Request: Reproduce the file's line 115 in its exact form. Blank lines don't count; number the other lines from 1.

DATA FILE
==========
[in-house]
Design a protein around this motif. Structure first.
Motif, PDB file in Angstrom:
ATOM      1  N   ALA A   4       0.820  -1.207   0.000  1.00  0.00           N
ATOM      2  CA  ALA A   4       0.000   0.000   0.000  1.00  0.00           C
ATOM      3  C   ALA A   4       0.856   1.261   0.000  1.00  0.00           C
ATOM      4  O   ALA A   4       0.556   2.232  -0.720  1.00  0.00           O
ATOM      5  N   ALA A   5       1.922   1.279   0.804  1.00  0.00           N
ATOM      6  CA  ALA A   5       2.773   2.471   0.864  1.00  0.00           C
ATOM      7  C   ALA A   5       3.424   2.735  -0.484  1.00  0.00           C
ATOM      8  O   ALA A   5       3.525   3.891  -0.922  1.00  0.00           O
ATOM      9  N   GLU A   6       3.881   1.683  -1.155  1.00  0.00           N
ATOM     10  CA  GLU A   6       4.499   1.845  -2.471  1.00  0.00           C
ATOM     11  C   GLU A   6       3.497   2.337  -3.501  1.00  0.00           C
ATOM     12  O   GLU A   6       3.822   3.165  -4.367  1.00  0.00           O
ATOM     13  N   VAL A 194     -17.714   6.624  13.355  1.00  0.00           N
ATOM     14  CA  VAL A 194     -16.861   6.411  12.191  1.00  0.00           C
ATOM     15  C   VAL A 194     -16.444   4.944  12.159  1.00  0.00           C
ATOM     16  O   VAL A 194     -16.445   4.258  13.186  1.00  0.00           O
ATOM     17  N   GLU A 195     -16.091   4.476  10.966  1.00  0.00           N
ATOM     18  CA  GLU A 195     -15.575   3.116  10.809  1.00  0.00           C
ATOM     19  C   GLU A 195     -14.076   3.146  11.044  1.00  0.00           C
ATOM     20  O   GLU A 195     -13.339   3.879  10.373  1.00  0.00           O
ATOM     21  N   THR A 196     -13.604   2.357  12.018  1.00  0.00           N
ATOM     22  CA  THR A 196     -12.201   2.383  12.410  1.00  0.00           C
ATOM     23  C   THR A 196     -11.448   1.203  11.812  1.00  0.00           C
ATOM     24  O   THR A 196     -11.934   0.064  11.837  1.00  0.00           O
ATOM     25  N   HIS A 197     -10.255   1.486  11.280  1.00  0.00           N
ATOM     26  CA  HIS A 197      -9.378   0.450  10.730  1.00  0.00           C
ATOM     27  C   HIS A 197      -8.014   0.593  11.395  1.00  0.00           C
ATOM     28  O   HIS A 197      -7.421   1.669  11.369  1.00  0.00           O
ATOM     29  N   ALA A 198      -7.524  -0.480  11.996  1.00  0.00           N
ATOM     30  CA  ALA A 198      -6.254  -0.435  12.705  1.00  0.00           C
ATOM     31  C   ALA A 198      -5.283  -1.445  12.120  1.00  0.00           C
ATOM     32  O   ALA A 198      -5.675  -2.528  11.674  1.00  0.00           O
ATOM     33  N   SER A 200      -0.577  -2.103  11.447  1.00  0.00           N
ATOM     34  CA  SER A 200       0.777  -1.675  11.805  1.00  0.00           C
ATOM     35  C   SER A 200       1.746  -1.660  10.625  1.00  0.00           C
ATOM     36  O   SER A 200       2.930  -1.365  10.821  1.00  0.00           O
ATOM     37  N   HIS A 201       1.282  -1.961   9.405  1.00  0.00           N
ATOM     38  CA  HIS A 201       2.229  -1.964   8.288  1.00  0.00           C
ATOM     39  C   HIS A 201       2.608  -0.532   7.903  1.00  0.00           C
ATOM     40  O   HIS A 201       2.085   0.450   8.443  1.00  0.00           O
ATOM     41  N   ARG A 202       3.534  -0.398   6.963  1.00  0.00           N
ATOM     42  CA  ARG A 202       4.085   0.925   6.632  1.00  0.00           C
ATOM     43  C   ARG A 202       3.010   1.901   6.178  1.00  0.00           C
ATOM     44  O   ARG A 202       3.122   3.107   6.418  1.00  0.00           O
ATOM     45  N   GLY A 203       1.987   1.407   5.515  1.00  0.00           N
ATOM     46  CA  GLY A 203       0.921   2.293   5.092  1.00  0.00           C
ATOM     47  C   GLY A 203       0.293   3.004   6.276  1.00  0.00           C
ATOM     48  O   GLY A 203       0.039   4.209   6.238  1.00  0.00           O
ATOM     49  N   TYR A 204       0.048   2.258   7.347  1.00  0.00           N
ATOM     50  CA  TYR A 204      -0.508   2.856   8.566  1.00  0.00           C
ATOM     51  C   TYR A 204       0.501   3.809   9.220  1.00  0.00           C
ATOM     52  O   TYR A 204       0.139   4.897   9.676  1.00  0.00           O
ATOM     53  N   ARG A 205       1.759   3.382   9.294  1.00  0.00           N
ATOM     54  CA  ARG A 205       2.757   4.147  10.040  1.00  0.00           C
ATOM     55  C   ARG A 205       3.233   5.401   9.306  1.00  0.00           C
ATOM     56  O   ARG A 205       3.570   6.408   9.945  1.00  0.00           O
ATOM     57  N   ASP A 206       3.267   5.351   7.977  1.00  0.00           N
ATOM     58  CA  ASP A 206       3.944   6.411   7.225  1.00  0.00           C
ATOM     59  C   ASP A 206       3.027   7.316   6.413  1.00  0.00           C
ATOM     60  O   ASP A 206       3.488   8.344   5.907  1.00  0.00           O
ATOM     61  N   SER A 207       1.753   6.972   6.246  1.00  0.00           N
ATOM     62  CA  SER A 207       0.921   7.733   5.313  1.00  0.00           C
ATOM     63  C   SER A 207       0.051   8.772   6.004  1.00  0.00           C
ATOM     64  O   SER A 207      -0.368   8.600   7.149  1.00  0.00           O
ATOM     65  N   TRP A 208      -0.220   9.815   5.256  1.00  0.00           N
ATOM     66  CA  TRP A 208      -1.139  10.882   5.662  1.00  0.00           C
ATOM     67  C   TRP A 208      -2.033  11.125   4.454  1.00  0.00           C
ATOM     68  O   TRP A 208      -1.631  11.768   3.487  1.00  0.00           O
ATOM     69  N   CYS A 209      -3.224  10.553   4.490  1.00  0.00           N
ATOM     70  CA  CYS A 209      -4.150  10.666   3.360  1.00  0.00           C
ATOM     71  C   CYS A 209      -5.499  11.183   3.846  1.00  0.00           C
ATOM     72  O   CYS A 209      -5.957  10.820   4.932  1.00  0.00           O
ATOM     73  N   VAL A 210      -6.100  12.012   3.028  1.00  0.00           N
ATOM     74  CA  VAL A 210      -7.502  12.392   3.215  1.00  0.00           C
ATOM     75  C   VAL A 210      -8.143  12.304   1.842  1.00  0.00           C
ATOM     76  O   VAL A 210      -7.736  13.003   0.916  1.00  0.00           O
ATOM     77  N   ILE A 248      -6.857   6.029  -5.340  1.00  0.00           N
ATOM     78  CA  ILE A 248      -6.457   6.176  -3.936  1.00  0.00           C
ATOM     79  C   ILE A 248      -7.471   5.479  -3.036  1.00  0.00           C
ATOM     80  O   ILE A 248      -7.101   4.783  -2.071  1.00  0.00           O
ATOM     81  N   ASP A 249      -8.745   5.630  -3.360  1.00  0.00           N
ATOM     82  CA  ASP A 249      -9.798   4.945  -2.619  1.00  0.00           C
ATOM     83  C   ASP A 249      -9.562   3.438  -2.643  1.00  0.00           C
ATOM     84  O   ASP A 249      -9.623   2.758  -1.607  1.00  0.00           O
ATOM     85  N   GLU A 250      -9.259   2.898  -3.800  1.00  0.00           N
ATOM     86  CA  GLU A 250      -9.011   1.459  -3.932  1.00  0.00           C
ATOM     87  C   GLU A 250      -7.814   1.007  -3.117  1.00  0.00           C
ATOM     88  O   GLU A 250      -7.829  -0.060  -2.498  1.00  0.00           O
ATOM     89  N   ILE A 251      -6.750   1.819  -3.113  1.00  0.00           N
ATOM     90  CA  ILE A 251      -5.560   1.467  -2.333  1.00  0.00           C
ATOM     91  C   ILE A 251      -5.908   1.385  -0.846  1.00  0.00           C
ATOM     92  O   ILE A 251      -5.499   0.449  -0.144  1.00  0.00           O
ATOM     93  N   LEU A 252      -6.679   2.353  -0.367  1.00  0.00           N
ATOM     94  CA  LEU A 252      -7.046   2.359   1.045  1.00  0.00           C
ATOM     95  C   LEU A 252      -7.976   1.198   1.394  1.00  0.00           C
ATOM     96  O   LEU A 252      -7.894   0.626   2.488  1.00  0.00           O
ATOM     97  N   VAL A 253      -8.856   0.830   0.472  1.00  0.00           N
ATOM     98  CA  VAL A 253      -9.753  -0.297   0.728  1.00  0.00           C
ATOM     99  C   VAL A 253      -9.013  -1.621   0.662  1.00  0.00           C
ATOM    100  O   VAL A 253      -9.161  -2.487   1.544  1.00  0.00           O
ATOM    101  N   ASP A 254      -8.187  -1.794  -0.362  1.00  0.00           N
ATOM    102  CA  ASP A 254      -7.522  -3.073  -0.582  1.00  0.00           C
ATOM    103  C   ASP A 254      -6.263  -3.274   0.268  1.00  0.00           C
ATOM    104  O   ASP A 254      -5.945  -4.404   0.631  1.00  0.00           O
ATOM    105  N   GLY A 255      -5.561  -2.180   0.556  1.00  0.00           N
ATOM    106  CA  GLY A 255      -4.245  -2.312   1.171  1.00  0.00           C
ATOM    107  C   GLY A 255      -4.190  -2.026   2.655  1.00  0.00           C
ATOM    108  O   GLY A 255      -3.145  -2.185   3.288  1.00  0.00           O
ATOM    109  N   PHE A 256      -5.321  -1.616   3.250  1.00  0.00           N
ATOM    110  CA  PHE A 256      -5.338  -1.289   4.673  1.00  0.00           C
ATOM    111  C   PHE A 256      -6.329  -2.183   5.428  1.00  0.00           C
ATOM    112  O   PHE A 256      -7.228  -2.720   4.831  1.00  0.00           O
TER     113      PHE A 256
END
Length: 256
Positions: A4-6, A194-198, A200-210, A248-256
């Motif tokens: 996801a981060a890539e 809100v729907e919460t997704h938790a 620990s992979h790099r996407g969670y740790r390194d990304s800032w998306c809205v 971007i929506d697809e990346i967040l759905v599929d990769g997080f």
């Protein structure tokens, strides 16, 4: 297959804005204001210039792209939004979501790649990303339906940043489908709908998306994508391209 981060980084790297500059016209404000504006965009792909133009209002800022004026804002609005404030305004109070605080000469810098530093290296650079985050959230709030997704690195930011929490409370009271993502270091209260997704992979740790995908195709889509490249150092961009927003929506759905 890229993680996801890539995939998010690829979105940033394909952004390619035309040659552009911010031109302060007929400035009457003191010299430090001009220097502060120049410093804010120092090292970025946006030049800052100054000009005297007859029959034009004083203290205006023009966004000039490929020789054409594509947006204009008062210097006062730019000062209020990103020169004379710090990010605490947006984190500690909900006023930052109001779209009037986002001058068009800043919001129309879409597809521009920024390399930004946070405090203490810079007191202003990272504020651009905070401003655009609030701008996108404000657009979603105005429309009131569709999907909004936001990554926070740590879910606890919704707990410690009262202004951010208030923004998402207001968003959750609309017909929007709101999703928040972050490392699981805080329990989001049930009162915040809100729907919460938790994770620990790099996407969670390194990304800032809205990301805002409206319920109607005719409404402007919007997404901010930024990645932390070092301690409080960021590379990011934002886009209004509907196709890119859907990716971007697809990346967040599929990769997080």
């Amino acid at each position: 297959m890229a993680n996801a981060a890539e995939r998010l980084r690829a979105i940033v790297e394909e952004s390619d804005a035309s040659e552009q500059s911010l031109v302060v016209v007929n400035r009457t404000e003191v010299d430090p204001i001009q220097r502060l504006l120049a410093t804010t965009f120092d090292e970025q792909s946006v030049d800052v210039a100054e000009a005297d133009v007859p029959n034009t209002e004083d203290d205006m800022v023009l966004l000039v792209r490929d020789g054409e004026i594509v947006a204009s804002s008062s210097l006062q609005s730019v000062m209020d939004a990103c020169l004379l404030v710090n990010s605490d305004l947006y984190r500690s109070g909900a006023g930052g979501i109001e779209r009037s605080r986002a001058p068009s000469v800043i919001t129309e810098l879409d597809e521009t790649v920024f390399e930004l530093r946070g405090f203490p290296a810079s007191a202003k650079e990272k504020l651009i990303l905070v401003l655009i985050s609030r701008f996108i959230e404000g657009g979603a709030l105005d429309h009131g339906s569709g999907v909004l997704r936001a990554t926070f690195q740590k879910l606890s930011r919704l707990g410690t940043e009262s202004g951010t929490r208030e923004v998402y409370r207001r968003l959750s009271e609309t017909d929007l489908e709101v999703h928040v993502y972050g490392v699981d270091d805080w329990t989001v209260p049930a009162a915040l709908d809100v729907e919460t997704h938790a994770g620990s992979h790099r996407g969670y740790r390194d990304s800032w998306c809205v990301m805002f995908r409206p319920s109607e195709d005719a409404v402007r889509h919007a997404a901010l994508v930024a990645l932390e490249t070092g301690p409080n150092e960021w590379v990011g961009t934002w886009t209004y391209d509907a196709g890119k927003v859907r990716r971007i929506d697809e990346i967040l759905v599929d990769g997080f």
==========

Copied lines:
ATOM    112  O   PHE A 256      -7.228  -2.720   4.831  1.00  0.00           O